The labor market is intensely competitive now—for every industry, any level of the job. As a small business owner, you could be struggling to find the right people to add to your team. Offering health insurance for small business employees can help. This article outlines the benefits, as well as how it all works so you can get started.
You may be reluctant to take on the expense of offering health insurance to your small business employees. Yet, offering this benefit to your team can help you remain competitive in a tight labor market.
According to the Kaiser Family Foundation’s 2020 Employer Health Benefits Survey: “Of businesses with fewer than 50 employees, which are not legally required to offer health insurance, 53% offered health insurance in 2020. Among businesses with three to nine employees, 48% did.” Why? Healthy employees are more productive employees.
Health insurance also helps you to retain employees. By showing your employees you care about their health and wellbeing, you are building a culture of respect. In fact, in a Glassdoor survey, health insurance was the number one benefit employees wanted.
Additionally, if you offer health insurance coverage to employees, you may qualify for the Small Business Health Care Tax Credit. To be eligible for the credit, you must have less than 25 full-time equivalent employees, your employees’ average wage must be less than $51,600 per year, and you must pay at least 50 percent of the employees’ health insurance premium.
Now that you’re aware of some of the benefits of health insurance for small business employees, we’ll provide the basics you need to know:
- How insuring your employees works
- Types of health insurance for small business employees
- The costs for your business
- Where to find insurance plans
How Insuring Your Employees Works
With small business health insurance, you group employees together in a pool for insurers to assess risk. This helps lower premiums compared to what an individual employee might be able to get otherwise.
Small business health insurance is available as long as you have at least one employee on your payroll. In some states, the business owner qualifies as an employee. Small business owners can also shop for coverage at any time of the year and are not limited to a specific enrollment period. However, you will typically be locked into a plan for at least a year once you make your selection.
Small business health insurance will cost you both budget and time. Someone will have to search for an insurance provider, educate employees about the plan, and ensure its maintenance.
Your employees will be looking at costs in terms of premiums, deductions, and out-of-pocket costs. As a business owner, you’ll need to offer affordable care. According to Cigna, “Coverage is considered ‘affordable’ if employee contributions for employee-only coverage do not exceed a certain percentage of an employee’s household income (9.83% in 2021).”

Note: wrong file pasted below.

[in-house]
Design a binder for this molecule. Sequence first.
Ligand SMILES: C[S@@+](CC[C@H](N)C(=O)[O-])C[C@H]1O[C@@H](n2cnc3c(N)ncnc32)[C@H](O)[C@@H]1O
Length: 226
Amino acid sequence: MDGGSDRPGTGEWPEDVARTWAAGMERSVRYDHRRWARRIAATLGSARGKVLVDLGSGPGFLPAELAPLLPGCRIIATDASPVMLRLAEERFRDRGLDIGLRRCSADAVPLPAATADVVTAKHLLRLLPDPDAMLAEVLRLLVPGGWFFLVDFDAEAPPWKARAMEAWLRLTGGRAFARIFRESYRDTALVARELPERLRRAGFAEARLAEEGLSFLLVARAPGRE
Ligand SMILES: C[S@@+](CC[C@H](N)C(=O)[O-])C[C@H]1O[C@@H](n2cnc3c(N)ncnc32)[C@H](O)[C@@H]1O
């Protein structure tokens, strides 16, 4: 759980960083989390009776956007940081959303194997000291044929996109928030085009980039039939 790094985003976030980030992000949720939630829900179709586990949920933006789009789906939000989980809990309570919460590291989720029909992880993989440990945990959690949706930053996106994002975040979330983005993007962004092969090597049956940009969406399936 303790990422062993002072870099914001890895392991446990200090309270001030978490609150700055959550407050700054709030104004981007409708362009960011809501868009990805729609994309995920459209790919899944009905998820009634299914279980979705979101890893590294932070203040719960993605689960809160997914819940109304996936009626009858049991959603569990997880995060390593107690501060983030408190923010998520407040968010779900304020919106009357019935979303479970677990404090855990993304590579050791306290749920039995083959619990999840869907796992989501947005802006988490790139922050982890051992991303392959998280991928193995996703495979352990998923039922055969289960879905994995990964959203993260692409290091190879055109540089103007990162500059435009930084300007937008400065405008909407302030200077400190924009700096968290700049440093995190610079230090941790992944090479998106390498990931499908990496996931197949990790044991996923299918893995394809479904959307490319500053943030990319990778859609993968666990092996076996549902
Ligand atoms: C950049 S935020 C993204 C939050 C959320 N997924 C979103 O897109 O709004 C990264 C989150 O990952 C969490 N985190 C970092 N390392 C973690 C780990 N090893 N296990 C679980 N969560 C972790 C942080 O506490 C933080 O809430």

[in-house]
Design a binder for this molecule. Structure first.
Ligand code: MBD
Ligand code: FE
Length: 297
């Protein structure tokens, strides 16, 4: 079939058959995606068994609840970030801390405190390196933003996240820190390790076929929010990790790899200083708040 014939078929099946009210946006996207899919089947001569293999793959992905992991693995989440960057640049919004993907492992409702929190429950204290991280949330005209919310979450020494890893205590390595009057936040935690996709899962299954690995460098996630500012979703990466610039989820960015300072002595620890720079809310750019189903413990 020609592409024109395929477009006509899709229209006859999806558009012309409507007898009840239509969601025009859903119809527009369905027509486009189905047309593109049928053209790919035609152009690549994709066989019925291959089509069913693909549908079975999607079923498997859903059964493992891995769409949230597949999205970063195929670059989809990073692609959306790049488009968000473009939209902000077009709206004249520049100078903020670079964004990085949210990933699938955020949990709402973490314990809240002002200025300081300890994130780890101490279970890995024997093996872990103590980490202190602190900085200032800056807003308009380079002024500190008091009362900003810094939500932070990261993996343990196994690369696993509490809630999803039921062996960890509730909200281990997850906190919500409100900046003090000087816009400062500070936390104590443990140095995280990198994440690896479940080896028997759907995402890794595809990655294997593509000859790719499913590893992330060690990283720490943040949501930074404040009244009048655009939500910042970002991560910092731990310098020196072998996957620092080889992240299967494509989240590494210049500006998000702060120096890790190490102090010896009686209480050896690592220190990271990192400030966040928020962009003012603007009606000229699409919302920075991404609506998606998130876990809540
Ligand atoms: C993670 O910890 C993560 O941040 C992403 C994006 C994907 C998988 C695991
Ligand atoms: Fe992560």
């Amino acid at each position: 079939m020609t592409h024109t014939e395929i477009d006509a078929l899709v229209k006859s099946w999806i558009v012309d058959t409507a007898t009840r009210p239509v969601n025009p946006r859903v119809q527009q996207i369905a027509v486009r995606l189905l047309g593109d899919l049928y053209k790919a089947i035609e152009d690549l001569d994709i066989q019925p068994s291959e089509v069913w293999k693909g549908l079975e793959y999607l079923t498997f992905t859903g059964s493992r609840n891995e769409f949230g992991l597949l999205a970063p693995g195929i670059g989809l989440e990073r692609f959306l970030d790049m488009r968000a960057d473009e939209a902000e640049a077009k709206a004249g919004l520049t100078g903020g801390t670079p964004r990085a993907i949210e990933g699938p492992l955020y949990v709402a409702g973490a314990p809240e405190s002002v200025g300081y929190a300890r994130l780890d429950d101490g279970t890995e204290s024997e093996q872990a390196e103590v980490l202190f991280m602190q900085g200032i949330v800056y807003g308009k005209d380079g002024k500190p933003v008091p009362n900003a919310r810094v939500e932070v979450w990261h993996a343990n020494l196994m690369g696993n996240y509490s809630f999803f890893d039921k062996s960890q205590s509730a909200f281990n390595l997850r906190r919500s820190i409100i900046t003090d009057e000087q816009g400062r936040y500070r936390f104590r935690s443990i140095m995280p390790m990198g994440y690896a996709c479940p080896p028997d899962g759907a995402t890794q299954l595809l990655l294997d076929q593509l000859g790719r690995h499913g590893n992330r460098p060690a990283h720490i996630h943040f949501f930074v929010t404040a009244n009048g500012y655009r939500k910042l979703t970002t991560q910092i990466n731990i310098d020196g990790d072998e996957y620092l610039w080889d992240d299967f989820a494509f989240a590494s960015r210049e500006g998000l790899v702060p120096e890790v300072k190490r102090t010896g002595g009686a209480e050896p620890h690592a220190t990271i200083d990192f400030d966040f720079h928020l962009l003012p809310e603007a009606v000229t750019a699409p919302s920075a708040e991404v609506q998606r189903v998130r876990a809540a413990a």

Types of Health Insurance for Small Business Employees
Small business health insurance plans come in four main types:
- Preferred Provider Organization (PPO) plans—Employees can choose either in-network or out-of-network doctors or hospitals, but going with an in-network provider sees the insurer covering a larger percentage.
- Health Maintenance Organization (HMO) plans—With an HMO, employees select from service providers who have agreed with the insurer to provide lower-cost care to plan members.
- HSA-qualified plans—Paired with PPO plans, HSAs allow participants to bank money to pay for their medical expenses with pretax dollars.
- Indemnity plans—This coverage is tied to particular incidents. Unlike with a comprehensive plan, the employee would apply for reimbursement from the insurance company after a qualifying event (e.g., an illness or accident).
The Costs for Your Business
According to a 2020 Kaiser Family Foundation report, small firms (those with three to 199 employees) were paying:
- $7,483 for single coverage, of which employers contributed $6,297, or 84%.
- $20,438 for family coverage, of which employers contributed $13,618, or 67%.
Costs of small-group insurance will consider your employee profiles and the type of plan you pick. While premiums won’t reflect employees’ medical history and pre-existing conditions, where they live, whether they use tobacco, their age, and their dependents will be factors.
Under the Affordable Care Act, there are four tiers of plan ranging from bronze (least expensive) through silver and gold up to platinum (most expensive). The tiers don’t impact the quality of care; they reflect how much the insurer contributes.
Where To Find Insurance Plans
There are many ways to find health insurance for your small business employees. The most obvious is to contact insurance providers working in your state. It might be easier, though, to approach a small business health insurance broker. These brokers will do the shopping around for you and come back with tailored insurance plan options. You may even be able to buy health insurance through brokers on your payroll product platform (e.g., Gusto or QuickBooks Payroll).
Another option is using the Small Business Health Options Program (SHOP). This is the federal insurance marketplace offering options for businesses with fewer than 50 full-time employees.
You might also use a Professional Employer Organization (PEO). This sees another company administer benefits on your behalf by becoming a co-employer to your employees. PEOs provide this service to multiple businesses to build up a large employee pool and get more competitive prices.
Ultimately, insuring your small business employees may not be mandatory, but it can help your business succeed. For information about other ways to grow your entrepreneurial effort, review our resources.